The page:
Windows are something that many of us take for granted – they’re just part of the houses we live in or the buildings we work in. And yet for older people, windows can be vital as a way to access the world, especially for those who spend a lot of time indoors.
In 1981, Graham Rowles carried out some seminal work in the United States looking at the “surveillance zone”, the area immediately outside older people’s homes. He found that older people watched their neighbourhood in this zone from their window, and were able to participate in the community without having to literally be in it.
Building on Rowles’ work, I recently interviewed 42 older people in the UK on the importance of having a room with a view. Those I spoke to – all aged over 65, who go outside less than once a week – valued their window so much that many spent a while setting up their space to get a good outlook. The views were a place of high significance for the observers.
Previous research has suggested that older people prefer being able to see nature, and studies have found there is a link between nature and stress reduction too. But I found urban, and even what we might think of as banal or dull views – factories or telephone and TV masts – to be important too. Beauty is in the eye of the beholder, or at least significance of the view is.
What was most important for my interviewees was change – both expected (seasons, for example) and non-expected (road works or even storms). One 78-year-old lady with a suburban view said, “I love the way the trees begin to move, the branches, when the wind gets up”. While an 84-year-old man who lived in an urban area said, “I like it when they’re digging. They’re always digging it up here. Mains, water, electricity, gas, telephone, all come here. I don’t mind it, so long as there’s no dust which is no good for my breathing”.
While Rowles’s study focused on the immediate area outside the house, I found my interviewees really loved a view that contained different levels. A juxtaposition between the immediate and the distant was preferred, for example between a built-up neighbourhood and hills in the distance, or a garden and distant motorways or factories.
What was fascinating was how much the views helped the people understand life better. What they saw backed up what they had heard on the television or radio. Even something we would regard as insignificant, like bad traffic or seeing a hands-free conversation on a mobile phone. A 75-year-old woman with an urban view said: “I saw a man talking to himself. Quite animated. I was alarmed but realised it must be a phone.”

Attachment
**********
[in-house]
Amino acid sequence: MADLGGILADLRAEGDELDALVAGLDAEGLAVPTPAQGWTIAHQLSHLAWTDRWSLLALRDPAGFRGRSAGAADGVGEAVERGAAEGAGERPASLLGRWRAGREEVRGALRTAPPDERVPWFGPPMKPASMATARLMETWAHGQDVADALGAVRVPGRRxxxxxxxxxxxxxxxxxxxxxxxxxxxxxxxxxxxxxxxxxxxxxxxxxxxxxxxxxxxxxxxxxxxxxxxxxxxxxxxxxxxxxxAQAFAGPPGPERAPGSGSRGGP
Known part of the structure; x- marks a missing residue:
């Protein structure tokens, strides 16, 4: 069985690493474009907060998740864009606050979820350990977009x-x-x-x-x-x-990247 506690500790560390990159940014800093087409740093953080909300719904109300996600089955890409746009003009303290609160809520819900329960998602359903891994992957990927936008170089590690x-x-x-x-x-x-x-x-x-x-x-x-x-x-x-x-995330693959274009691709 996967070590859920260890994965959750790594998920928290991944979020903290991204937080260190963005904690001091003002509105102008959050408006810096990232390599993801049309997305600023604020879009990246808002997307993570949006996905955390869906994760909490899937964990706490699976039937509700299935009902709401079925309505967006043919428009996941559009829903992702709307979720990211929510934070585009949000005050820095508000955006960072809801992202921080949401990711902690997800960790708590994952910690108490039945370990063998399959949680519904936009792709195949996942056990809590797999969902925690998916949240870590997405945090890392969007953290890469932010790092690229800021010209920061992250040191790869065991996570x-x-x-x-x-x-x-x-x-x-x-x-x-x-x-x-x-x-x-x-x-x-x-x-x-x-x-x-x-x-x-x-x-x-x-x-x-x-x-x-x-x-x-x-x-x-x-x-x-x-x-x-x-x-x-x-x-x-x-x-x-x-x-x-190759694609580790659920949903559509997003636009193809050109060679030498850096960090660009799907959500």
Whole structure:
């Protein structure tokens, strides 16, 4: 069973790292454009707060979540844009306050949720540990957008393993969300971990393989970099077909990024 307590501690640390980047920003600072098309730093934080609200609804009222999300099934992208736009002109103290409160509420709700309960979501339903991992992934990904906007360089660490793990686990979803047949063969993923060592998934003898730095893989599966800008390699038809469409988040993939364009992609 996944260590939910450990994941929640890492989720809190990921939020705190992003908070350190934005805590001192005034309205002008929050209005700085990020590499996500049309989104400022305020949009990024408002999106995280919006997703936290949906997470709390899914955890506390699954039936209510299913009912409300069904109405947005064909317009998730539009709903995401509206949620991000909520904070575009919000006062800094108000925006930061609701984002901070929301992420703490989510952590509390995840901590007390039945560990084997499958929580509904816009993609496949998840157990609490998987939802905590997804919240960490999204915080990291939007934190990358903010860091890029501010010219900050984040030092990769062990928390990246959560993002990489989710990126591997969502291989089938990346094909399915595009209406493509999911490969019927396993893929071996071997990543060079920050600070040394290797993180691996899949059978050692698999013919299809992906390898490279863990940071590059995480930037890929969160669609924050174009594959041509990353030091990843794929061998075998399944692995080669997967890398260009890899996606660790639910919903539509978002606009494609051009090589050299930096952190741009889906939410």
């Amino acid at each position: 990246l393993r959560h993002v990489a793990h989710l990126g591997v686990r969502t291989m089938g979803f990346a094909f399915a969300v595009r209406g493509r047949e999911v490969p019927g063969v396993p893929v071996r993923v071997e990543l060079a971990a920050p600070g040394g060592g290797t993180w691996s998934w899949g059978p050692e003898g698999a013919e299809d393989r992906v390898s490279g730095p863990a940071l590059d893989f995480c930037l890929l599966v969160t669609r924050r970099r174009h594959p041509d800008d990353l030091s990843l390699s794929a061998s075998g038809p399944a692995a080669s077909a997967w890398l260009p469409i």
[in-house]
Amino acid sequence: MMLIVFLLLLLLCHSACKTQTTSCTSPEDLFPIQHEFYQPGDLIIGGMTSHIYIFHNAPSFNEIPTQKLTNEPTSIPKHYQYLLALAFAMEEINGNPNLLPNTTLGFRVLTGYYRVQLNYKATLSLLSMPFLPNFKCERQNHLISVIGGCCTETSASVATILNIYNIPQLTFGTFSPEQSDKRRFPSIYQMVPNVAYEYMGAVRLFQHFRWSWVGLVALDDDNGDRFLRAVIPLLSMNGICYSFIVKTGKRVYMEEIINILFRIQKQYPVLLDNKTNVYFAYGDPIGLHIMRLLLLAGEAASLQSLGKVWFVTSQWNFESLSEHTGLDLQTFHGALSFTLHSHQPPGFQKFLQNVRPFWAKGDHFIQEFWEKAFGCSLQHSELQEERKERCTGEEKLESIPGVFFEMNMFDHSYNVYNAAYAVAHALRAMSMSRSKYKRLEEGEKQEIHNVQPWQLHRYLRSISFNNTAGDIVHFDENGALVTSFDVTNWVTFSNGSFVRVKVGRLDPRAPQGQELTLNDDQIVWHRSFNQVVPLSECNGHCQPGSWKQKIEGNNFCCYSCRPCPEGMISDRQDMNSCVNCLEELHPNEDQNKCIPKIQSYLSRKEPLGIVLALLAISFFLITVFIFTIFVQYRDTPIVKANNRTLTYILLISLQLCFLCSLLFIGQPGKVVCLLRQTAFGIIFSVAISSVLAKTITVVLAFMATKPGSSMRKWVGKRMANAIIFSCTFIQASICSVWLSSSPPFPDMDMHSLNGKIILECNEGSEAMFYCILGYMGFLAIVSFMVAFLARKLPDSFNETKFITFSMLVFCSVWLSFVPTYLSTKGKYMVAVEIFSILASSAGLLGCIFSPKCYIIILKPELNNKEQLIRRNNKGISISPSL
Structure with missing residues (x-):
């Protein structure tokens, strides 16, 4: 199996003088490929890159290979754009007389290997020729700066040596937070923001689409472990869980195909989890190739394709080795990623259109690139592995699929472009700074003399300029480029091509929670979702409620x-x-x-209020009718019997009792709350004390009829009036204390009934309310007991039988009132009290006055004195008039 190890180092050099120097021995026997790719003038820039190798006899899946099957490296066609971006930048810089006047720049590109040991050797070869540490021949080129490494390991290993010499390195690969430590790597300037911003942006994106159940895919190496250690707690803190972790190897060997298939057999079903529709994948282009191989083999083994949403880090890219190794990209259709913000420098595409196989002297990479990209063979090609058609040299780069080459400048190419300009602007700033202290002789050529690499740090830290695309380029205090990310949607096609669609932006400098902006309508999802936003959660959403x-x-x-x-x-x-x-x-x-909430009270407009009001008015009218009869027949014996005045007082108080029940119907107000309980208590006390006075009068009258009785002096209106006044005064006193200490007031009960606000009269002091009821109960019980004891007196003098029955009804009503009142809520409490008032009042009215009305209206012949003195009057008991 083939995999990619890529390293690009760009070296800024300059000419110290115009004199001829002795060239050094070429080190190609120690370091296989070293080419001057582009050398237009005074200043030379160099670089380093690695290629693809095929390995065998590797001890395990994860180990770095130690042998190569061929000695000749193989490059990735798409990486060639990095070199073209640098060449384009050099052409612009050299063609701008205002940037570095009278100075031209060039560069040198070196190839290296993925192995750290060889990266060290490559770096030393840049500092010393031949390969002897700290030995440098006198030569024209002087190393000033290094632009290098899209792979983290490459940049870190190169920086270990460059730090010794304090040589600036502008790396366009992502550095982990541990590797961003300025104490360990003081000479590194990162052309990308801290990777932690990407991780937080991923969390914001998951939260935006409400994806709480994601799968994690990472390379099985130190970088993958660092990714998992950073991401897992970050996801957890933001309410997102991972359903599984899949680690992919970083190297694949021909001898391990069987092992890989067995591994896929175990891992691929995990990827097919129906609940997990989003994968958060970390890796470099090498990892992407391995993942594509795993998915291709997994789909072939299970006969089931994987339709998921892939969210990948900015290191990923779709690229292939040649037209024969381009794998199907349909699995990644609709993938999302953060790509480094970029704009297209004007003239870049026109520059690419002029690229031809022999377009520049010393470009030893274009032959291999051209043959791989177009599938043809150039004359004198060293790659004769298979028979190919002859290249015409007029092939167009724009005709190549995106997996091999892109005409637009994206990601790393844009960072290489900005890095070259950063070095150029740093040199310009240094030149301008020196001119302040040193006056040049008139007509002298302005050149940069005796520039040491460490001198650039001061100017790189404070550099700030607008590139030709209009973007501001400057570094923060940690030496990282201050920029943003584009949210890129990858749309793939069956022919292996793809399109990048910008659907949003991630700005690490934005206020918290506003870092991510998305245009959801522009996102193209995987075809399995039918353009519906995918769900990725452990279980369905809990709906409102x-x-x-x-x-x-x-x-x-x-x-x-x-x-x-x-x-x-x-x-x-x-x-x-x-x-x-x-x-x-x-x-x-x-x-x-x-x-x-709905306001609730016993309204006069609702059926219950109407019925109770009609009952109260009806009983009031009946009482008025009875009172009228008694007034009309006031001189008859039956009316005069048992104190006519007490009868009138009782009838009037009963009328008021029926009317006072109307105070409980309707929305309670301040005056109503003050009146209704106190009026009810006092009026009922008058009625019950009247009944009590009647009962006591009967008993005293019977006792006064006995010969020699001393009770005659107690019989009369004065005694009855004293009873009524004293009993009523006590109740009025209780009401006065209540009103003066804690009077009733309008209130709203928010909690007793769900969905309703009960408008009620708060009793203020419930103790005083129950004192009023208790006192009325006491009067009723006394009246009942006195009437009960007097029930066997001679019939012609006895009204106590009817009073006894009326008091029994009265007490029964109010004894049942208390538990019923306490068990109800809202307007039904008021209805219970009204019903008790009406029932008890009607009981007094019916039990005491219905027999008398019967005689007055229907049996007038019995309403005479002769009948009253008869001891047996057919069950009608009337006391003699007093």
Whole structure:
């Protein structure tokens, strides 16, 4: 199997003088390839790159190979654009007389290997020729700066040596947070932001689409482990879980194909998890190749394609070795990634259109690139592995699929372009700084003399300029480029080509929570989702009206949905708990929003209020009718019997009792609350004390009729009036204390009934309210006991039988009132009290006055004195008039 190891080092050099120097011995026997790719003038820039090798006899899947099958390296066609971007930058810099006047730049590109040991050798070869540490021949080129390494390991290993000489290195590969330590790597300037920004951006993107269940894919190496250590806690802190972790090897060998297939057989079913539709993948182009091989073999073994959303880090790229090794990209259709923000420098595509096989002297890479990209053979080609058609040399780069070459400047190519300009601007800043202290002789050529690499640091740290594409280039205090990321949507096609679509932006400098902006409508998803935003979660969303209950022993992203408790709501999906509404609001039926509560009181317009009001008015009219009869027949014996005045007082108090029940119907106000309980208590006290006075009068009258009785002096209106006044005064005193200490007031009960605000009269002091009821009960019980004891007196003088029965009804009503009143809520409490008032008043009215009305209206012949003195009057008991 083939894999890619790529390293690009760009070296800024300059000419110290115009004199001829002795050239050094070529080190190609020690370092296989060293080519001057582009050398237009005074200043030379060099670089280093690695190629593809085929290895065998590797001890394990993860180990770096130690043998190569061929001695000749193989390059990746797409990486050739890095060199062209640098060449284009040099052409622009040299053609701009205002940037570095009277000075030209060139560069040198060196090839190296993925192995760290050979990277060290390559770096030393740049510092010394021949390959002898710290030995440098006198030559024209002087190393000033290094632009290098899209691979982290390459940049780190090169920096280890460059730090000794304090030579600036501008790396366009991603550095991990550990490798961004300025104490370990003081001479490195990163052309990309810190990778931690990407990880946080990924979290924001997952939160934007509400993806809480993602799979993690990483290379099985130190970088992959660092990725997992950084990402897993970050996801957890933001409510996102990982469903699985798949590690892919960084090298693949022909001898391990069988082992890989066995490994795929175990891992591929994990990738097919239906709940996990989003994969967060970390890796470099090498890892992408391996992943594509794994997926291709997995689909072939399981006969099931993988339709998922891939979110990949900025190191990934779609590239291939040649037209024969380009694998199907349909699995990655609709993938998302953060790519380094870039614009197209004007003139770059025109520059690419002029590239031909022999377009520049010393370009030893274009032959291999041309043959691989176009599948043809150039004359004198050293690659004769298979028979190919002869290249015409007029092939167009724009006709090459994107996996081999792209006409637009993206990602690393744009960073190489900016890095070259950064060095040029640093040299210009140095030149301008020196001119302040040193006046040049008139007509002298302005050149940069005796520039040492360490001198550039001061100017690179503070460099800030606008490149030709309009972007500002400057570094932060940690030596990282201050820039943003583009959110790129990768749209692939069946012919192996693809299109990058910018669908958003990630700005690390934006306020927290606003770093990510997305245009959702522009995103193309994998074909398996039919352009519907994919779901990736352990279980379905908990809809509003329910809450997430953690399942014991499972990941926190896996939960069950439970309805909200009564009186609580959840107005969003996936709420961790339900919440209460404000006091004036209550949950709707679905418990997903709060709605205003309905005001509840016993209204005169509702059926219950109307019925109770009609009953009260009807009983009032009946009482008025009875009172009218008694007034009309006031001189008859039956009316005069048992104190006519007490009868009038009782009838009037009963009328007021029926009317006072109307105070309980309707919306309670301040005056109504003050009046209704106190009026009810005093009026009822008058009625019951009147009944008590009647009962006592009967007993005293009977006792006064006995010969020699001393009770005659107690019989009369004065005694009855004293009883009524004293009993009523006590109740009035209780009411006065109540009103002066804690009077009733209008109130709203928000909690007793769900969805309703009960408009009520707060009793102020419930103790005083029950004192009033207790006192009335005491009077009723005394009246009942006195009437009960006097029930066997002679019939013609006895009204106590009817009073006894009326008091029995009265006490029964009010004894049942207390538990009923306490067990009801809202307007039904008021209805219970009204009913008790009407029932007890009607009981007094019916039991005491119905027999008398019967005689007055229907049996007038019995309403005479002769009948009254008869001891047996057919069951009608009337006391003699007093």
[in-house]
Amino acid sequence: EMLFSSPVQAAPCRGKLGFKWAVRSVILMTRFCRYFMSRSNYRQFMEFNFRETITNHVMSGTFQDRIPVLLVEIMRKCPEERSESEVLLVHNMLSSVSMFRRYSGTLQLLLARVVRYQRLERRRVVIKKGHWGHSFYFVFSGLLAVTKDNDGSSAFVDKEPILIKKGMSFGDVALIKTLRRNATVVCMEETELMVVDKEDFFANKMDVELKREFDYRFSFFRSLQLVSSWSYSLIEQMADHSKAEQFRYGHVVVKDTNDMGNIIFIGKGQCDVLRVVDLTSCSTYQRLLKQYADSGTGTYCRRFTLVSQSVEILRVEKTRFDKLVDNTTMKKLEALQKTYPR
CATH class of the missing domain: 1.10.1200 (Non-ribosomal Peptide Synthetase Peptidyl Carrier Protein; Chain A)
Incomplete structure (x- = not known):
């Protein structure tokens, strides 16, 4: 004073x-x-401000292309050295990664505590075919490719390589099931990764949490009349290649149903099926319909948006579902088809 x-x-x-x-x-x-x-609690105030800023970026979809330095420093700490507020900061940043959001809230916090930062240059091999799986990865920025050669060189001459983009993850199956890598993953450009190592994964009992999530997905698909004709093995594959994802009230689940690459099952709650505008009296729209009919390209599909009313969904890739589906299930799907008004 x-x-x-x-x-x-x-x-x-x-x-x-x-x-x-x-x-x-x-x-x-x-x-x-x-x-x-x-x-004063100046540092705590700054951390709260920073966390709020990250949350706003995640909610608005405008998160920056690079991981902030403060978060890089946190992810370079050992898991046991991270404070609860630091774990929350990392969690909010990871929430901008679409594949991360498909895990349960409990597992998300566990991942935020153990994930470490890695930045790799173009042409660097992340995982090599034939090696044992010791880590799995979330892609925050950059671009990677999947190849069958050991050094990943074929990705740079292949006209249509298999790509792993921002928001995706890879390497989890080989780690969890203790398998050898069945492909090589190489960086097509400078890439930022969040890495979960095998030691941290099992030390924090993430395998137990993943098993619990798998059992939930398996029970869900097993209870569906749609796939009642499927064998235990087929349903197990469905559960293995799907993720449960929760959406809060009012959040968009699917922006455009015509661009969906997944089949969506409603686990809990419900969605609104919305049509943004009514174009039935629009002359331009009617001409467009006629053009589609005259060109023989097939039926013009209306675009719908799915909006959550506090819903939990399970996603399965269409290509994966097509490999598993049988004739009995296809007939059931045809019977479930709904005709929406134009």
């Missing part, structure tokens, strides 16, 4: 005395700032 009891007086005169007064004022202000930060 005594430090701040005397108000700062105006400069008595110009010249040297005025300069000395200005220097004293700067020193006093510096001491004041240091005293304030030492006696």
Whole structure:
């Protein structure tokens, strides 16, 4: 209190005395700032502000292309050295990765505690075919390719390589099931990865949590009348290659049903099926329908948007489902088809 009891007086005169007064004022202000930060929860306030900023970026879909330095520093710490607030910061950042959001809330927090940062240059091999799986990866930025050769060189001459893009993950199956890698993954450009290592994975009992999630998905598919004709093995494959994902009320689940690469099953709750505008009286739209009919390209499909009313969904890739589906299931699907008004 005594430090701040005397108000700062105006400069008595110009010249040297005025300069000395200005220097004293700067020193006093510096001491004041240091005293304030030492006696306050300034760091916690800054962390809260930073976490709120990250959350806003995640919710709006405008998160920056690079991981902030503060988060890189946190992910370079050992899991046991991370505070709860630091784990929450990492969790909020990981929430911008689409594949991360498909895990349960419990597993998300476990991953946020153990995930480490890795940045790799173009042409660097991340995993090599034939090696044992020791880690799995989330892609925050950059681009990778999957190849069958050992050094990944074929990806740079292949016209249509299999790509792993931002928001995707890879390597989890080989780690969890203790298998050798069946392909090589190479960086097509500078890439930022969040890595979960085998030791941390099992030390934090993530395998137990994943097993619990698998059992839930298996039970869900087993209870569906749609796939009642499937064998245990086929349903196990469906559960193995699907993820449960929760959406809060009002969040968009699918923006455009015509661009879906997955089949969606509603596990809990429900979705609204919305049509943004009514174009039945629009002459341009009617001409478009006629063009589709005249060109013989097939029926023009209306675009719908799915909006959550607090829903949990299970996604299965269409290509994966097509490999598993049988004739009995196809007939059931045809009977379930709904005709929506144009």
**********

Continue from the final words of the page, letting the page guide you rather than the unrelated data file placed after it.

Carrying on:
I also found that the interviewees did not just watch people, they created stories from what they saw, with characters and plots. One 80-year-old man who lives in an urban area explained: “I see the same people going to work every morning and coming home again in the evening. I wonder what they get up to. I call this one here Frank, he looks tough, look at his suit, bet he’s a mean business man, probably a manager of some kind.”
Some of the observers talked to the people they saw through the window too. An 84-year-old woman told me that she sometimes commented on people’s appearance, saying they were “very smart”, or telling teenagers to tuck their shirts in and pull up their trousers. While another woman said that she asked people she regularly saw how their day had been, adding, “I wonder if anyone does ask them that when they get where they’re going. I hope so!”.
There is a downside however. Some of the people I spoke to worried that that they’d be labelled nosy and, as an 84-year-old man put it, “I don’t tell others about it. They’d think I’d lost it. Well it’s all a bit sad isn’t it”. But the benefits to these people are still clear.
Looking ahead, technology may help people access scenes that can’t be viewed from their window. There is some interesting work already being done in this area. The views don’t even have to be of what is immediately outside – one UK care home uses a filmed train journey to allow people to experience the passing views through a virtual window.
A window is so much more than just something to let in light and air for older people. Those I spoke to talked about how they can spend hours there and how it feels good for them to look out. It shouldn’t be something older people hide either. In fact, family members and carers should encourage them to look outside, and help set up unobstructed views where possible. Imagine a home set up around the view, rather than one set up around the TV.
Charles Musselwhite, Associate Professor, Centre for Innovative Ageing, Swansea University.
This article first appeared on The Conversation.
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